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Cybersecurity news weekly roundup October 24, 2022

SAN MATEO, CA, October 24, 2022 — Cybersecurity news weekly roundup. Stories, news, politics, and events that impacted the network security industry last week. Brought to you by NetworkTigers.

“Text4Shell” Apache Commons Text vulnerability being actively exploited

Hackers have begun exploiting a flaw in WordPress via Apache Commons Text, according to researchers at Wordfence. Dubbed “Text4Shell” due to its similarity to Log4Shell, when executed, the exploit can allow a hacker to pave the way for large-scale attacks through the launching of arbitrary code on vulnerable systems. Users of Apache Commons Text are urged to upgrade to the newest version. Read more.

Improper Meta Pixel usage results in health system breach

Advocate Aurora Health (AAH) has notified patients across its 26 hospitals that their data has been exposed due to the use of Meta Pixel on the healthcare system’s websites. Meta Pixel tracks site users to help administrators determine how to make improvements. Still, it also sends data to Meta so the social media giant can show people targeted ads via Facebook. The improper use of Meta Pixel on hospital portals and websites means that protected health information is delivered to Meta, violating patients’ rights. AAH has disabled Meta Pixel from its websites and has provided a list of the patient data that has been potentially exposed. Read more.

Microsoft exposes customer data in Azure Blob Bucket misconfiguration.

Stemming from a misconfigured Azure Blob Bucket, Microsoft has admitted that it accidentally exposed business transaction data that unauthorized actors could have accessed. The data included names, email addresses, phone numbers, and files related to current and prospective business transactions. Security researchers at SOCRadar reported that as many as 65,000 entities worldwide were affected, but Microsoft claims that this number is exaggerated. Microsoft fixed the misconfiguration hours after being made aware of it. Read more.

Hackers using new PowerShell backdoor for espionage

Initially not flagged as malicious by antivirus software, a new PowerShell backdoor used by hackers has been deemed designed for data exfiltration and espionage. The attack begins with a phishing email modeled after a LinkedIn job application that contains malicious macros. The macros create a task that mimics a routine Windows update but instead executes two PowerShell scripts. Read more.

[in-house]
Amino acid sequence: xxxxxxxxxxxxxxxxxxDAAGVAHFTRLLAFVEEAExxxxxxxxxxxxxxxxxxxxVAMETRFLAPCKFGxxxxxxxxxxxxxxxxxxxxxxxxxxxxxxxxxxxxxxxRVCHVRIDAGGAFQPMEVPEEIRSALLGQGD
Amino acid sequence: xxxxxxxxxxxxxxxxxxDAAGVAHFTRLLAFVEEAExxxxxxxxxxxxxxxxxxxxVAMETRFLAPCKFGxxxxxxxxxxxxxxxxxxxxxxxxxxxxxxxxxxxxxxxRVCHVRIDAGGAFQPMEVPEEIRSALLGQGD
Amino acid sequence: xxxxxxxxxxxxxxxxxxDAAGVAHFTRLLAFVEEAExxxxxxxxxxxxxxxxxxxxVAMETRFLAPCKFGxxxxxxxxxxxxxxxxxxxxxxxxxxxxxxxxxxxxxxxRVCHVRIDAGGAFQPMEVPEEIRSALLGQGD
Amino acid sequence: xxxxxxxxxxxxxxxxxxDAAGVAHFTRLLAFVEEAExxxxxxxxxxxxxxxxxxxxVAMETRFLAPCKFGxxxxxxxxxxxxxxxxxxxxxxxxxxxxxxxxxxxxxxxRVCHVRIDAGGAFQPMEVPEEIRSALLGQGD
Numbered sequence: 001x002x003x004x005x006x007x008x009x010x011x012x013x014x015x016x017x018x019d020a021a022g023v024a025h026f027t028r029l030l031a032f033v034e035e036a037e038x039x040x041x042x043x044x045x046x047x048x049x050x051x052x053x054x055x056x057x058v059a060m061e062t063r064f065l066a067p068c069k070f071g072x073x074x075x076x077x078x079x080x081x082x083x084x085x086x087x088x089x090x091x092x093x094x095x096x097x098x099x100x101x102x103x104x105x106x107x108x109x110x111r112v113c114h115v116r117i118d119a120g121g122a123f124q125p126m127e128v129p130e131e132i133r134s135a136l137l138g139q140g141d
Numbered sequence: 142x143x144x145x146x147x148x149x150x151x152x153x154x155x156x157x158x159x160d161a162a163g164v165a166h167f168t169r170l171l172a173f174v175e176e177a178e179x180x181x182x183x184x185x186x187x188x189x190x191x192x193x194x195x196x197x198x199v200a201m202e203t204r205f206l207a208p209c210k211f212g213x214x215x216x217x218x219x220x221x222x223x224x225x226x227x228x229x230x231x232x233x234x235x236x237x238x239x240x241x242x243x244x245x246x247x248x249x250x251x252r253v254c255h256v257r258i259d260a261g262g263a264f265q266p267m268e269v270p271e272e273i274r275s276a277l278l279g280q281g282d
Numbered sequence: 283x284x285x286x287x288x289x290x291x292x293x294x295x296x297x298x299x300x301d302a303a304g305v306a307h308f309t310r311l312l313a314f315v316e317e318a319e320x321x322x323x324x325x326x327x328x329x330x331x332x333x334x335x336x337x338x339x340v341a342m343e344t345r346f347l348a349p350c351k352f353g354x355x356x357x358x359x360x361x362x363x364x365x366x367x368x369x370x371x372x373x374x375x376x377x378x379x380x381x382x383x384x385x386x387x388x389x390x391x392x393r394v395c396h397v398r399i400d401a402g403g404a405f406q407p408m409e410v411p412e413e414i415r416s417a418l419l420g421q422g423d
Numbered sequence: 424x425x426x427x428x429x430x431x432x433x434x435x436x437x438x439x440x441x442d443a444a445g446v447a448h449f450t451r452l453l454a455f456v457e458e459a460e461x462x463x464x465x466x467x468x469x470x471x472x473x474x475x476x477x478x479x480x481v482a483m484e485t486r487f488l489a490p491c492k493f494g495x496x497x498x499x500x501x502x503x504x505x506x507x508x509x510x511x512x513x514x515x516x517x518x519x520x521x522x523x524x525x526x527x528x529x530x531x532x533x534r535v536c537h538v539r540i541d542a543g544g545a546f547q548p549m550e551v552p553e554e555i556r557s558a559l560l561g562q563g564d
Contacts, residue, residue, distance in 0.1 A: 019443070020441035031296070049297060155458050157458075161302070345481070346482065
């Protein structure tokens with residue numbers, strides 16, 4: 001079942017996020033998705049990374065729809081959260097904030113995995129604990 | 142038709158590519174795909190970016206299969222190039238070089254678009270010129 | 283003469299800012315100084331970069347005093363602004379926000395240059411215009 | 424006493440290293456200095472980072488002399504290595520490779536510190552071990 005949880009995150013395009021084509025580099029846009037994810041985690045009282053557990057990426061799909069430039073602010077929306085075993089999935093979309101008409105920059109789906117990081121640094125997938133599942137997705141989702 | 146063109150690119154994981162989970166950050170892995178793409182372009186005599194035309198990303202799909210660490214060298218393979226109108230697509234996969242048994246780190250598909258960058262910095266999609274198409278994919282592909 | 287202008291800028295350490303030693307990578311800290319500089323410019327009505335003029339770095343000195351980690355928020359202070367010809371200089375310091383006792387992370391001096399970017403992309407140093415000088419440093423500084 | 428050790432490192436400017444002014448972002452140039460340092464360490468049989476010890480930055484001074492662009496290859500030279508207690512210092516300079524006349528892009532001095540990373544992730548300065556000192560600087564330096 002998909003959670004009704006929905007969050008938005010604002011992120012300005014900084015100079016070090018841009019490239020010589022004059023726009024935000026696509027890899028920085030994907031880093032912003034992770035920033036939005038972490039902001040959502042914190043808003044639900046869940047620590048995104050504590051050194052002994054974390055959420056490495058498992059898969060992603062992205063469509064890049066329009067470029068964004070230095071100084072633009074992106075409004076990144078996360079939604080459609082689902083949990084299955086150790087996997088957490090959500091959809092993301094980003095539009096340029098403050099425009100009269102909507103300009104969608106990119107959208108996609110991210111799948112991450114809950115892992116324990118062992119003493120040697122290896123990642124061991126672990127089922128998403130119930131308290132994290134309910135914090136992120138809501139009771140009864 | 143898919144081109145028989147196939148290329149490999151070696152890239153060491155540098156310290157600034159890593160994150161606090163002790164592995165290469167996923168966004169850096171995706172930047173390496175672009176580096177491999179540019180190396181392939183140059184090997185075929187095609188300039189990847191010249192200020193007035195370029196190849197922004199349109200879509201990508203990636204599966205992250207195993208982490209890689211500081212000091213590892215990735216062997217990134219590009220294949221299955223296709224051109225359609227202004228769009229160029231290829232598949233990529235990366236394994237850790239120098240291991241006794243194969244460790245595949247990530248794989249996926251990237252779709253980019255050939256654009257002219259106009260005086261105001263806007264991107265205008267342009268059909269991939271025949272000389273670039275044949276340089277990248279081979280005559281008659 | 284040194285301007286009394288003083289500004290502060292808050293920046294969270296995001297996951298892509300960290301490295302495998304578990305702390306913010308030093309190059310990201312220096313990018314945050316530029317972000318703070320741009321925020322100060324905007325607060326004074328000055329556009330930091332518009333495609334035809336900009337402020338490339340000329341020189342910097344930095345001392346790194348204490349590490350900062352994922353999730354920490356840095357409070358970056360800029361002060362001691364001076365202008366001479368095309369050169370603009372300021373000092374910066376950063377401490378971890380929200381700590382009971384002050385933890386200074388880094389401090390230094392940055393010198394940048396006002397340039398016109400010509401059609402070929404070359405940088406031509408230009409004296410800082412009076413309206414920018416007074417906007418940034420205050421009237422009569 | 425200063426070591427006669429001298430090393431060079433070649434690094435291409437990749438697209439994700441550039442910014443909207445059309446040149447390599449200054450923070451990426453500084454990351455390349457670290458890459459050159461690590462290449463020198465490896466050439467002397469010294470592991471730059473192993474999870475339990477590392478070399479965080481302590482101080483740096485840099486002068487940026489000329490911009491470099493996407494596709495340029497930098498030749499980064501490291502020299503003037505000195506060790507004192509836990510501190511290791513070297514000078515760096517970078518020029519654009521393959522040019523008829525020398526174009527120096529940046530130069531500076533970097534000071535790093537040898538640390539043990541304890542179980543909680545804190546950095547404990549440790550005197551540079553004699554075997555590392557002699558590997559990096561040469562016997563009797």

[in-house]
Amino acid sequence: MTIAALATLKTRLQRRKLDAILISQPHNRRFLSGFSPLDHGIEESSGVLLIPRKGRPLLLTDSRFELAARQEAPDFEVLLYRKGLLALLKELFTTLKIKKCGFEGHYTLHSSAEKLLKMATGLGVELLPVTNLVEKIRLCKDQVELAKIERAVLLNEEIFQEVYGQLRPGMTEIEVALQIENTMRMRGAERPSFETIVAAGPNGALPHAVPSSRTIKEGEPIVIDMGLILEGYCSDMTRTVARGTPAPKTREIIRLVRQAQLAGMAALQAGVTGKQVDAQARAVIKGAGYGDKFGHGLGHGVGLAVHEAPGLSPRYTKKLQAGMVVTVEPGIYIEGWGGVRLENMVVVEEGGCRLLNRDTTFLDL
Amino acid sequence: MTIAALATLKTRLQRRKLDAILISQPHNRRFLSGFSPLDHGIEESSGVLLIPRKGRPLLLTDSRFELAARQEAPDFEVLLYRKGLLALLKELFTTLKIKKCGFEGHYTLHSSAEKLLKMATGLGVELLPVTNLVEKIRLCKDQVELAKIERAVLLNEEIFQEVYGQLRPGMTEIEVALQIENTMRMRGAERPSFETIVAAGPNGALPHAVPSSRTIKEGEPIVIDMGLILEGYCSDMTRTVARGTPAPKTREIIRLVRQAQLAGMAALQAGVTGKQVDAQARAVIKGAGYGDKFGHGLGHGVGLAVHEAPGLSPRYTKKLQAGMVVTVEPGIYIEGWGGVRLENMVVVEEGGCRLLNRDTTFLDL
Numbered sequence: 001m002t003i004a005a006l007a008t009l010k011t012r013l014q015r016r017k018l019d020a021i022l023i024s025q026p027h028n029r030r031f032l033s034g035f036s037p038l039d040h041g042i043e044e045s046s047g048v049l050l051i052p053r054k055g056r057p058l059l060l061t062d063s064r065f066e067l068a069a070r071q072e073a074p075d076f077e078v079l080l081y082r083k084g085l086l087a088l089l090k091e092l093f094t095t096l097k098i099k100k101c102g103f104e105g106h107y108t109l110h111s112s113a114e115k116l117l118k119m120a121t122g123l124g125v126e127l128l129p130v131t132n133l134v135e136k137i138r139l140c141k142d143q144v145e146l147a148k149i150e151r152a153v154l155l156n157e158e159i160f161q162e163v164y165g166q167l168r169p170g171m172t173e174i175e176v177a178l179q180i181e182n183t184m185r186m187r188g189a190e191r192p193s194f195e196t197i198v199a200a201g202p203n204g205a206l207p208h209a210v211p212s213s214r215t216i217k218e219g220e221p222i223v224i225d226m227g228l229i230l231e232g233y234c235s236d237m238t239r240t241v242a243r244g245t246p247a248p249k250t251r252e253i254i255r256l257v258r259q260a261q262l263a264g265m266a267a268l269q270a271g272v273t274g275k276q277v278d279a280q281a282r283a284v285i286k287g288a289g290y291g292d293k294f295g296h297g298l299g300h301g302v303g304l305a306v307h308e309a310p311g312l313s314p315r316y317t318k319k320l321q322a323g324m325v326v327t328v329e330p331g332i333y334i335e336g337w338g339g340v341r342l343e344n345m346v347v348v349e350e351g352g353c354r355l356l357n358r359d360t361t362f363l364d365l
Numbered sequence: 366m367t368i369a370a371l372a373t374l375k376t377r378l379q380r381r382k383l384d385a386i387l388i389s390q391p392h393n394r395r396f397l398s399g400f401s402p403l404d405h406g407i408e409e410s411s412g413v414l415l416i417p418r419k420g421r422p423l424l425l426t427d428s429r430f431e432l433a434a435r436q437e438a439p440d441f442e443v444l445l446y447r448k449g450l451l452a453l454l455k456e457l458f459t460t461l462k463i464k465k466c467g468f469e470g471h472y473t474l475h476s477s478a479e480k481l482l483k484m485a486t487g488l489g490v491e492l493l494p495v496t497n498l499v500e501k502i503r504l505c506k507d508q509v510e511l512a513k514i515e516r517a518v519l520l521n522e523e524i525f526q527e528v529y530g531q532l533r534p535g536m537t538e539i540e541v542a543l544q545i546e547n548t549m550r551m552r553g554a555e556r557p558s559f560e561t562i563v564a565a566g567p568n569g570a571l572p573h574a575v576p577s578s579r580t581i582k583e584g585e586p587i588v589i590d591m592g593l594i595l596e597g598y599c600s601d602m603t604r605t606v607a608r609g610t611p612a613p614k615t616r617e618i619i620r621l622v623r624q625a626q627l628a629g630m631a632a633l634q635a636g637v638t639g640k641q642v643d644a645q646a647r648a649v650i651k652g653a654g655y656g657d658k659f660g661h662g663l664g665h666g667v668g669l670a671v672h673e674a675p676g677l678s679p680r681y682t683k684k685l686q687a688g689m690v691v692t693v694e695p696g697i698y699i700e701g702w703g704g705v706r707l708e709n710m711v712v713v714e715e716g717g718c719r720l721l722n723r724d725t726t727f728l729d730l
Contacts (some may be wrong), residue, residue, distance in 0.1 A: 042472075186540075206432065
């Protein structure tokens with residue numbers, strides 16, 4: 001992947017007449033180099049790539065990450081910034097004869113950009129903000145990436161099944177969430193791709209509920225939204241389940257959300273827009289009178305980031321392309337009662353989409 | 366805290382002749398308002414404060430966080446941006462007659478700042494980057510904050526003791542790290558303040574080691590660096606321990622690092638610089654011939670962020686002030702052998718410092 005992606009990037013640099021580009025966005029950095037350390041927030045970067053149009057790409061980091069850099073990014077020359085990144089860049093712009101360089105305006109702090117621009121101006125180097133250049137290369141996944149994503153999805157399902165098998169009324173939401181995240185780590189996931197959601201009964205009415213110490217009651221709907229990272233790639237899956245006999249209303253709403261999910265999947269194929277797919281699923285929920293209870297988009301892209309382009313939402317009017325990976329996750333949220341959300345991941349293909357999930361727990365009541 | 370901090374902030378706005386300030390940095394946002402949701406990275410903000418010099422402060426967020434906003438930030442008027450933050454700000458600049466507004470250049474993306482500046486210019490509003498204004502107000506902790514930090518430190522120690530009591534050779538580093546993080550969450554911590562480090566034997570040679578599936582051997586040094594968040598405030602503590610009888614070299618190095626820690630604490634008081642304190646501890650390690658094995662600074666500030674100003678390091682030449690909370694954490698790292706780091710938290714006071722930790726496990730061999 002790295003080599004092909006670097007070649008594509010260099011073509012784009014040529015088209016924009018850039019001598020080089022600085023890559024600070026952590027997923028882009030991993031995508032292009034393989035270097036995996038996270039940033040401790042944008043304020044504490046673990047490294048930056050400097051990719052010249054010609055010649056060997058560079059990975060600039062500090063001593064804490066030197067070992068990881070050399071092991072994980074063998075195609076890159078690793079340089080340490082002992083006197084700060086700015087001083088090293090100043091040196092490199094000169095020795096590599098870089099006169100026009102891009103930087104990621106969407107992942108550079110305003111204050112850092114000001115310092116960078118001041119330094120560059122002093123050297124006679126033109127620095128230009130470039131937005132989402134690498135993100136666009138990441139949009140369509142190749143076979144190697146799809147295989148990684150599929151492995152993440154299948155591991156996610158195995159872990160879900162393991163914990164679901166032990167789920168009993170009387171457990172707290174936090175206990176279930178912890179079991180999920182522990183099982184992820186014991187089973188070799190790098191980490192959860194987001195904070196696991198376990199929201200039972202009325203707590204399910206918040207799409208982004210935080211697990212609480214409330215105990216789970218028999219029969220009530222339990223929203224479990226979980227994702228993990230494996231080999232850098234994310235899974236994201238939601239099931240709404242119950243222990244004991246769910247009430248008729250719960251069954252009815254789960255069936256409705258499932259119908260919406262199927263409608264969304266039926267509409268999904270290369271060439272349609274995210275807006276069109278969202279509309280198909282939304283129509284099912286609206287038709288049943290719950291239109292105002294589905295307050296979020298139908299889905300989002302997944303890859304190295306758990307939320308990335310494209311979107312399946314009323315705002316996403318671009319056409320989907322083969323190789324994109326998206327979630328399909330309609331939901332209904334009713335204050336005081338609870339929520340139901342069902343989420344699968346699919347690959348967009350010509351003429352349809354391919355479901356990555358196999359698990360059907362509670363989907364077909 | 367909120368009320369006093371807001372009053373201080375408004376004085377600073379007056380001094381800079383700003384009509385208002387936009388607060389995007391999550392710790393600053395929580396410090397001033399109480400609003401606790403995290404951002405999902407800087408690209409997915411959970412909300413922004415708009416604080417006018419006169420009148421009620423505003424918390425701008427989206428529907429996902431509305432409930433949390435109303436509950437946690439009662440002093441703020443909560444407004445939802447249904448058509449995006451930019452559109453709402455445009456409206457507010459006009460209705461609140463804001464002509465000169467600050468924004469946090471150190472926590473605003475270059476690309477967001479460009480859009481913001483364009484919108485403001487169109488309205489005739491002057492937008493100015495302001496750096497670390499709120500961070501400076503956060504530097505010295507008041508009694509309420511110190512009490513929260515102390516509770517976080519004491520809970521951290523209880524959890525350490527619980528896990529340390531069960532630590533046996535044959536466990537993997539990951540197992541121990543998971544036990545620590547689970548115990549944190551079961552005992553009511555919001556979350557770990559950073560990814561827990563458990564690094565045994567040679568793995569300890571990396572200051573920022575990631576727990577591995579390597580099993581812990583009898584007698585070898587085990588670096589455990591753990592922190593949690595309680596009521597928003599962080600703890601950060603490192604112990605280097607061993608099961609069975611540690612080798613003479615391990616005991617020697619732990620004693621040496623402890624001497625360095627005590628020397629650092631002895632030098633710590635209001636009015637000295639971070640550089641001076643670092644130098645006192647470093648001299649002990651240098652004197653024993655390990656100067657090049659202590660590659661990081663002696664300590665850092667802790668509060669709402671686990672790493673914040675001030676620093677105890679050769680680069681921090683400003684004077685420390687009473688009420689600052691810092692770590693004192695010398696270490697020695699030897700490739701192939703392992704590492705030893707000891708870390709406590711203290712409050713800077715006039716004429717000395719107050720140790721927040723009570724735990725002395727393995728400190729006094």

SIM swapping attack results in Verizon prepaid customer breach

Verizon has notified its prepaid customers that hackers had used exposed credit card data to gain access to their accounts and make an unauthorized change to their SIM data. Verizon has reportedly blocked further access to customer accounts and has not seen evidence suggesting the attack is continuing. The attack seems to be contained to around 250 user accounts. Read more.

Bulgarian government websites suffer Russian DDoS attacks.

Several websites associated with the Bulgarian government were at the receiving end of widespread DDoS attacks that disabled them. KillNet, a Russian hacker gang that has recently become more of a pro-Kremlin hacktivist organization, has claimed credit for the attacks, which are surely in response to Bulgaria’s support of Ukraine and their willingness to accept Ukrainians fleeing Russia’s attacks. Read more.

Nearly 900 servers were hacked using Zimbra zero-day flaw.

A flaw within Zimbra Collaboration Suite that was left unpatched for almost a month and a half has led to almost 900 servers being hacked. The vulnerability allows even low-skilled hackers to send emails containing malicious web shell planting code in the ZCS server while skirting antivirus protections. Researchers at Kasperksy report that a range of APT groups has been at work exploiting the flaw. Read more.

Australia’s Optus cyberattack results in passport complications

Customers of Australian telecom Optus continue to feel the effects of a massive cyberattack against the company that exposed the personal data of over 100,000 customers. Optus informs customers that their passports can no longer be used as online identification after the company asks the federal government to block them. Customers are displeased at Optus’s handling of the passport situation, as many use it as their primary form of ID, with some taking issue with the fact that Optus informed them of this development via an email sent on a Friday evening. Read more.

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Derek Walborn
Derek Walborn
Derek Walborn is a freelance research-based technical writer. He has worked as a content QA analyst for AT&T and Pernod Ricard.

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Cybersecurity news weekly roundup October 24, 2022